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NToddathon

NTodd wants 419,067 hits on or before his June 14th, third blogiversary™ [Talk Left].

Help out Sam and Mexico. Celebrate Flag Day in a new and different fashion. Keep Vermont green.

April 16, 2006   10 Comments

A Tinker’s Damn

I don’t swear much any more. After the military and law enforcement it isn’t because I don’t know how, I can verbally blister paint anywhere in the world in multiple languages.

You may have heard the phrase: “it’s not worth a tinker’s damn,” and wondered why a “tinker’s damn” is considered such a trifle.

It was accepted that those who practiced certain trades, tinkers in England and shoemakers in much of the world, cursed almost constantly. Because it was expected that tinkers cursed, the curse had very little meaning.

I choose to reserve my curses on-line and off, so that when they do flow, people understand that a line has been crossed and I am well beyond annoyed.

April 16, 2006   8 Comments

It Was A Hit Piece, Okay?

MoonbatBillmon called it Payback, but by any name, the Washington Post article on Maryscott O’Connor was designed to portray all of the liberal side of blogtopia™ [skippy the bush kangaroo] as the American version of the Official Monster Raving Loony Party.

Along with many others Shakespeare’s Sister in Angry for a Reason and Echidne in The Angry Moonbats , point out reasons for anger, but not the reason for the piece. Both notice that the article seems to point to the anger as a reaction to the anger from the right.

The Washington Post started this leitmotif of the angry foul-mouthed liberal blogger when Deborah Howell got caught spinning a Republican talking point in the Jack Abramoff story. They had to shut down the comments because liberals were so angry and vomited filth. [Read more →]

April 16, 2006   9 Comments

Protecting Children?

I’m sick of it. Every time the politicians want to intrude on peoples’ lives they haul out the excuse: “It’s to protect children.” If politicians actually cared about children they would help them move out of poverty.

Now, according to CNET, ISP snooping gaining support:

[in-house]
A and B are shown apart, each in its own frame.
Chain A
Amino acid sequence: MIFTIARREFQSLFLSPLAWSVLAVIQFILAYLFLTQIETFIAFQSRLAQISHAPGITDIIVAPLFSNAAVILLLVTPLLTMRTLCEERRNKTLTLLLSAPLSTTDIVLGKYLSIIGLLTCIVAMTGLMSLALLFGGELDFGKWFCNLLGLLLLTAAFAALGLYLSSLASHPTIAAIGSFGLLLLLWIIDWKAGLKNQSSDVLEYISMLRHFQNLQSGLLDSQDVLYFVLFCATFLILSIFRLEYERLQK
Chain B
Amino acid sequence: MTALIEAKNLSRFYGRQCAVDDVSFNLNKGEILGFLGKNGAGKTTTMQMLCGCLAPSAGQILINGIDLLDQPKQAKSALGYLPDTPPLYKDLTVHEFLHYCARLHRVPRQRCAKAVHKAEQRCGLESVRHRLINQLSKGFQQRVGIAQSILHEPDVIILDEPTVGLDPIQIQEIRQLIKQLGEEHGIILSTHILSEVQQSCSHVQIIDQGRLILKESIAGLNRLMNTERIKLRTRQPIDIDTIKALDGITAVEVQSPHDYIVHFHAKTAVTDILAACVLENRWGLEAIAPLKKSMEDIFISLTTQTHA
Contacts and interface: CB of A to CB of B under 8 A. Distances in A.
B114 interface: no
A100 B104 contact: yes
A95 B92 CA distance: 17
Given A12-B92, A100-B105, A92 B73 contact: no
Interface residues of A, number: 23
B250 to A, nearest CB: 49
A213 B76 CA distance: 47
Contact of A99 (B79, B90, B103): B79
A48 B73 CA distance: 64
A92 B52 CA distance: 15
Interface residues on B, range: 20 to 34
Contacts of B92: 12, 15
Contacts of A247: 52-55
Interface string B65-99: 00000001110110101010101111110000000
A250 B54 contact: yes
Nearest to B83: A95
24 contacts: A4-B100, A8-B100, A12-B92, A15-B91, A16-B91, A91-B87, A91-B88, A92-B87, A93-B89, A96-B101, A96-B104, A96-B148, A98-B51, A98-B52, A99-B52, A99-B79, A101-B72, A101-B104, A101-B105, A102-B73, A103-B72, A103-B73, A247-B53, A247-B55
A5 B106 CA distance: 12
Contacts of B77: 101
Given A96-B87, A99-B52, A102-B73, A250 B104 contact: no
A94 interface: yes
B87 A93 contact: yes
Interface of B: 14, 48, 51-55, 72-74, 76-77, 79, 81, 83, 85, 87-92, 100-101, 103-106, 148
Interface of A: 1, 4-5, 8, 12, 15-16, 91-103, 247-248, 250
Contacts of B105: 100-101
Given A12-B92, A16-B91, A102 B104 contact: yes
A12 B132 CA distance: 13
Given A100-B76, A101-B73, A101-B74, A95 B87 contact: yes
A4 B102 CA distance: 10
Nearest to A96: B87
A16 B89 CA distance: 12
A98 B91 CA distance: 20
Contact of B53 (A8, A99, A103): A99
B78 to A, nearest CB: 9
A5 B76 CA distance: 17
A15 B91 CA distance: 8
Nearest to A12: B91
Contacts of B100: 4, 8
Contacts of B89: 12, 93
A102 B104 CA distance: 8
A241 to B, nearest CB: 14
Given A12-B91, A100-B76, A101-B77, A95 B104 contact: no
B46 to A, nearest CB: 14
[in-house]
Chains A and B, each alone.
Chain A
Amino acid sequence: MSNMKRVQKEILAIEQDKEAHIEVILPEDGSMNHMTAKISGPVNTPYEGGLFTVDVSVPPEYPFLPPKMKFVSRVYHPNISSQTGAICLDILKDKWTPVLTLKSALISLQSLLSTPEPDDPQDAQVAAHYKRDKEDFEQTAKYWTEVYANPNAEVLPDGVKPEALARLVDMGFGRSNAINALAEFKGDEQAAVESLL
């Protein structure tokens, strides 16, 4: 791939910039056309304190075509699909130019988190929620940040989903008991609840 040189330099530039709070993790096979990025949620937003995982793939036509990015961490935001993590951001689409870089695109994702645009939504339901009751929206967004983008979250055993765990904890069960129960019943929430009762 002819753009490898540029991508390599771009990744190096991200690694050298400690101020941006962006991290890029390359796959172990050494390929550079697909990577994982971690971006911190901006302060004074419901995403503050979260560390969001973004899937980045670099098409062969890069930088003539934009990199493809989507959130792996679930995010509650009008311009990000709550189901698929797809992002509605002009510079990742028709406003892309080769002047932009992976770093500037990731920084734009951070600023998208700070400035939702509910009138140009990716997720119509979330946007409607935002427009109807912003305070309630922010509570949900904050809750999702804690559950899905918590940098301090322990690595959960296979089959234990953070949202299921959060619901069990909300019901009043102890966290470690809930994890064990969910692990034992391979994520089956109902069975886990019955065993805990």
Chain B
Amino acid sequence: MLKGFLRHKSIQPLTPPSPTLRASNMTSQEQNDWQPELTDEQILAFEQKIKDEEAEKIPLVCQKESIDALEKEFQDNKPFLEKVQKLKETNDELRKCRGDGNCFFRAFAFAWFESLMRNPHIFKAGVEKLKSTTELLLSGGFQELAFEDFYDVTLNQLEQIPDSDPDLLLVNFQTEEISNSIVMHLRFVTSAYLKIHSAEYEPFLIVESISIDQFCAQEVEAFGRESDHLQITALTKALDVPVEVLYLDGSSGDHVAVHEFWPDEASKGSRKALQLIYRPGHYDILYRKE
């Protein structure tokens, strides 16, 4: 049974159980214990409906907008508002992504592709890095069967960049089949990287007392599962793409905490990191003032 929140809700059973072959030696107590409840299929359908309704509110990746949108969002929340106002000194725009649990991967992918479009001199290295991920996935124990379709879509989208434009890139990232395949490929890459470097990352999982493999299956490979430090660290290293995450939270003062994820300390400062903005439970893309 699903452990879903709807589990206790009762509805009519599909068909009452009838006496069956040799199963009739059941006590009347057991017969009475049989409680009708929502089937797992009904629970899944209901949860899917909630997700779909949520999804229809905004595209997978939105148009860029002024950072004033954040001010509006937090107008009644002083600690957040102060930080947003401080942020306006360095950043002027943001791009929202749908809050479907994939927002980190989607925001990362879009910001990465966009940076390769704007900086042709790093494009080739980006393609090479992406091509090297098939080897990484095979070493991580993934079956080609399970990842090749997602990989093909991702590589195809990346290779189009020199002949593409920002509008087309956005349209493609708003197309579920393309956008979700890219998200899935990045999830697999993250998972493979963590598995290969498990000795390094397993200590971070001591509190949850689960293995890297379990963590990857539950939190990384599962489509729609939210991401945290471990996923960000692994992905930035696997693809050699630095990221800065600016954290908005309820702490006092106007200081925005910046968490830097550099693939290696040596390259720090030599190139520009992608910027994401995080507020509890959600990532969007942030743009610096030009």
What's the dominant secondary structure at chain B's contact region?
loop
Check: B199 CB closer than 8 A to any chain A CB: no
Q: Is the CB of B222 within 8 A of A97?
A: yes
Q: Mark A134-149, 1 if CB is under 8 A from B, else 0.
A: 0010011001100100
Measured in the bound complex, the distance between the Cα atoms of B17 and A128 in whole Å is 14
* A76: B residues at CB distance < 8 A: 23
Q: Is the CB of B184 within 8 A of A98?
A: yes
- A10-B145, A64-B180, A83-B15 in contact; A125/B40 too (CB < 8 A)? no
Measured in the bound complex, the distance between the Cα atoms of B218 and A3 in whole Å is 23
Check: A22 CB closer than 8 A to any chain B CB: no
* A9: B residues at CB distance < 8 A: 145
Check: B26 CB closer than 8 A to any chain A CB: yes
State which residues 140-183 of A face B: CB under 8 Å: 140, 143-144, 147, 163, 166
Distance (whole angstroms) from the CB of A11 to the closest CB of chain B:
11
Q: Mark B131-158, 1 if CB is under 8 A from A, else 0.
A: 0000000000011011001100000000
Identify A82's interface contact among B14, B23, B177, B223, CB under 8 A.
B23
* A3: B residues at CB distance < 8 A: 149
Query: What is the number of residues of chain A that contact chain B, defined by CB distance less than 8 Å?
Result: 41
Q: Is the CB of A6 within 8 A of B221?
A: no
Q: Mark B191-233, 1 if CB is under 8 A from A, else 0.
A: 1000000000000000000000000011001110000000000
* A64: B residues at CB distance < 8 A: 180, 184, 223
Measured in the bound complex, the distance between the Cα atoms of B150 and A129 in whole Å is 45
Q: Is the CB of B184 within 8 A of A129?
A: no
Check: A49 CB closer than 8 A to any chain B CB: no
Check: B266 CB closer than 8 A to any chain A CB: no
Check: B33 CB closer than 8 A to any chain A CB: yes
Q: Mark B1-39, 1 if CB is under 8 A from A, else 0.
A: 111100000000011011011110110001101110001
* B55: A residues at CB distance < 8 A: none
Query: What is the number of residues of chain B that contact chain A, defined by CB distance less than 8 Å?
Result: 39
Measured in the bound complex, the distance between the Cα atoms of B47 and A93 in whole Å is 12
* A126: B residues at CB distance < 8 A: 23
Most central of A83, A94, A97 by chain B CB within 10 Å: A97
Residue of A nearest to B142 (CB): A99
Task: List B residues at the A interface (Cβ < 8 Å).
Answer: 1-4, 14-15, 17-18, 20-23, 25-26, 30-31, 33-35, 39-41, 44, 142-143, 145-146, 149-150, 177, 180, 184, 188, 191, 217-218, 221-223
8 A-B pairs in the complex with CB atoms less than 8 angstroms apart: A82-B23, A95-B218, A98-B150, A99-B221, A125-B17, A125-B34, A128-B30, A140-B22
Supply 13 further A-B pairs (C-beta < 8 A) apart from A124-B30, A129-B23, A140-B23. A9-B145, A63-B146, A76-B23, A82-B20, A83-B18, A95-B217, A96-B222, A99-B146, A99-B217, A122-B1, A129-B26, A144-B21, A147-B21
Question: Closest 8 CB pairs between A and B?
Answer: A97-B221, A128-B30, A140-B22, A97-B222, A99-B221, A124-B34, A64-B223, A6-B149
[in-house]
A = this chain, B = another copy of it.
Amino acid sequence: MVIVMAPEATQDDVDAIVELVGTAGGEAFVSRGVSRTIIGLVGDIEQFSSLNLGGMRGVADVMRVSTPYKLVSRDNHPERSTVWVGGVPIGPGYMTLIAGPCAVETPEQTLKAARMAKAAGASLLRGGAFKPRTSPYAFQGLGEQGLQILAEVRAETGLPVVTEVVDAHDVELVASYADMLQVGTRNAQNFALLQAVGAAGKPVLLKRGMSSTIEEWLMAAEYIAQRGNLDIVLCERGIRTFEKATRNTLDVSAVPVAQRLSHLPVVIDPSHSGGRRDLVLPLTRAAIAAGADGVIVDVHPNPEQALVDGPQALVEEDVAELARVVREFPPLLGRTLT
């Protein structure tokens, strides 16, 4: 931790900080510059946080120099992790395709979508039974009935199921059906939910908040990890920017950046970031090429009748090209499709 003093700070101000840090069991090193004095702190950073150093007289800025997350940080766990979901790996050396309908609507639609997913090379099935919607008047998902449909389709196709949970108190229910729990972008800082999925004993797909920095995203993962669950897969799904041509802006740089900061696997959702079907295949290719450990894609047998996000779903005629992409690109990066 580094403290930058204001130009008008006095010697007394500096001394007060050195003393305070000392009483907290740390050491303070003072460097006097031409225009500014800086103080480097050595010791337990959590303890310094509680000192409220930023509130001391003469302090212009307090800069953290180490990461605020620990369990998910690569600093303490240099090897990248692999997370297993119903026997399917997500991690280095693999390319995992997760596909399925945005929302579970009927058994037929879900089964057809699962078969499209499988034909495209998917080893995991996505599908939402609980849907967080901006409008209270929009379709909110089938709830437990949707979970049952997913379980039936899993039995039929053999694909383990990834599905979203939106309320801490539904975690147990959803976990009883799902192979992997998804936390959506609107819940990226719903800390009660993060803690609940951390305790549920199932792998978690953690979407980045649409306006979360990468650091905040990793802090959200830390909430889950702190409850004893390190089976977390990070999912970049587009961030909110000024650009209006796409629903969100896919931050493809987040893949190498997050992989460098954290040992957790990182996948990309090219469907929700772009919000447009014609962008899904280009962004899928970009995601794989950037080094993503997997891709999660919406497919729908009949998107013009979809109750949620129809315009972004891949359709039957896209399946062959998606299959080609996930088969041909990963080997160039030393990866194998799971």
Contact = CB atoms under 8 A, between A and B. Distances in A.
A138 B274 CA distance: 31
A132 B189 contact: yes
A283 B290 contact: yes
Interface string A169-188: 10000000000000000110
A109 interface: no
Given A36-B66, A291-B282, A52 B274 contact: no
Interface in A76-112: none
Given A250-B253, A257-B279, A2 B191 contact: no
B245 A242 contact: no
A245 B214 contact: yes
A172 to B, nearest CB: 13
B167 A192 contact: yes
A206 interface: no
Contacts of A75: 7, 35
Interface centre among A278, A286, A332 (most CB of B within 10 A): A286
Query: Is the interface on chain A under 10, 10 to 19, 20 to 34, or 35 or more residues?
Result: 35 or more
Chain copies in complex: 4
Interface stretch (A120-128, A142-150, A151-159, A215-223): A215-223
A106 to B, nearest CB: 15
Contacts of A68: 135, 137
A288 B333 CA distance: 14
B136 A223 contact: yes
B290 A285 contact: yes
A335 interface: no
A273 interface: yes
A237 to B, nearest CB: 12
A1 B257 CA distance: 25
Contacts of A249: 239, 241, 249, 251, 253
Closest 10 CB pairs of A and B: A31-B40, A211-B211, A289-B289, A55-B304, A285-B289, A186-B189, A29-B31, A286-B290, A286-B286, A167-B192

At a hearing last week, Rep. Ed Whitfield, a Kentucky Republican who heads a House oversight and investigations subcommittee, suggested that data retention laws would be useful to police investigating crimes against children.

“I absolutely think that that is an idea that is worth pursuing,” an aide to Whitfield said in an interview on Thursday. “If those files were retained for a longer period of time, it would help in the uncovering and prosecution of these crimes.” Another hearing is planned for April 27.

Internet providers generally offer three reasons why they are skeptical of mandatory data retention: first, it is not clear who will be able to access records of someone’s online behavior; second, it’s not clear who will pay for the data warehouses to be constructed; and third, it’s not clear that police are hindered by current law as long as they move swiftly in investigations.

“What we haven’t seen is any evidence where the data would have been helpful, where the problem was not caused by law enforcement taking too long when they knew a problem existed,” said Dave McClure, president of the U.S. Internet Industry Association, which represents small to midsize companies.

McClure said that while data retention aficionados cite child pornography, the stored data would be open to any type of investigation–including, for instance, those focused on drug crimes, tax fraud, or terrorism prosecutions. “The agenda behind this doesn’t appear to be legitimate,” he said.

Of course it’s not legitimate, it’s another power grab from the KGB DoJ. They aren’t using the PATRIOT Act for terrorism investigations, they are using it for their standard workload with a seeming preference for drug and pornography cases. The only “terrorists” that seem to interest this Department of Justice are “eco-terrorists”.

Protecting children is the job of parents, not the Congress. Collecting more terabytes of data on people is not going to make children safer; it’s just building another pond for the DoJ to fish in.

April 16, 2006   5 Comments